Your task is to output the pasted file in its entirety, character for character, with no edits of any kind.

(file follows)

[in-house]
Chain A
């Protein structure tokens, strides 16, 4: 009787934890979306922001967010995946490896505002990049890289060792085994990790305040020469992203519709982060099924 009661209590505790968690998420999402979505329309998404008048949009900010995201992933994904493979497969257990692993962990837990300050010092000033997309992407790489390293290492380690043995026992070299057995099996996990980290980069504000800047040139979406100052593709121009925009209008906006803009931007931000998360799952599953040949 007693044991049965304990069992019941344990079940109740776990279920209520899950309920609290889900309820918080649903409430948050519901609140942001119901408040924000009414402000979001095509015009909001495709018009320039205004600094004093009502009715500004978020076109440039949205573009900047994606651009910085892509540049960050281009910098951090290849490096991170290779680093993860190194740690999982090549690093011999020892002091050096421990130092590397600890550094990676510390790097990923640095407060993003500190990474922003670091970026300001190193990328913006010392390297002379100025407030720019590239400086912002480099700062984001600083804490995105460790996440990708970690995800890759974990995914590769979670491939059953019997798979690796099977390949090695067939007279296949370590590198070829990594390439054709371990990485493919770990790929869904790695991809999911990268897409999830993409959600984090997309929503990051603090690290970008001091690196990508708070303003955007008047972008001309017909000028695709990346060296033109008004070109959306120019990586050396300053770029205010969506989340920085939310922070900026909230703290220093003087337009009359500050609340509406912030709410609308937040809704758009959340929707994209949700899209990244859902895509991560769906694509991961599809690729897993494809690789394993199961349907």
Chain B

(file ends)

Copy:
[in-house]
Chain A
């Protein structure tokens, strides 16, 4: 009787934890979306922001967010995946490896505002990049890289060792085994990790305040020469992203519709982060099924 009661209590505790968690998420999402979505329309998404008048949009900010995201992933994904493979497969257990692993962990837990300050010092000033997309992407790489390293290492380690043995026992070299057995099996996990980290980069504000800047040139979406100052593709121009925009209008906006803009931007931000998360799952599953040949 007693044991049965304990069992019941344990079940109740776990279920209520899950309920609290889900309820918080649903409430948050519901609140942001119901408040924000009414402000979001095509015009909001495709018009320039205004600094004093009502009715500004978020076109440039949205573009900047994606651009910085892509540049960050281009910098951090290849490096991170290779680093993860190194740690999982090549690093011999020892002091050096421990130092590397600890550094990676510390790097990923640095407060993003500190990474922003670091970026300001190193990328913006010392390297002379100025407030720019590239400086912002480099700062984001600083804490995105460790996440990708970690995800890759974990995914590769979670491939059953019997798979690796099977390949090695067939007279296949370590590198070829990594390439054709371990990485493919770990790929869904790695991809999911990268897409999830993409959600984090997309929503990051603090690290970008001091690196990508708070303003955007008047972008001309017909000028695709990346060296033109008004070109959306120019990586050396300053770029205010969506989340920085939310922070900026909230703290220093003087337009009359500050609340509406912030709410609308937040809704758009959340929707994209949700899209990244859902895509991560769906694509991961599809690729897993494809690789394993199961349907």
Chain B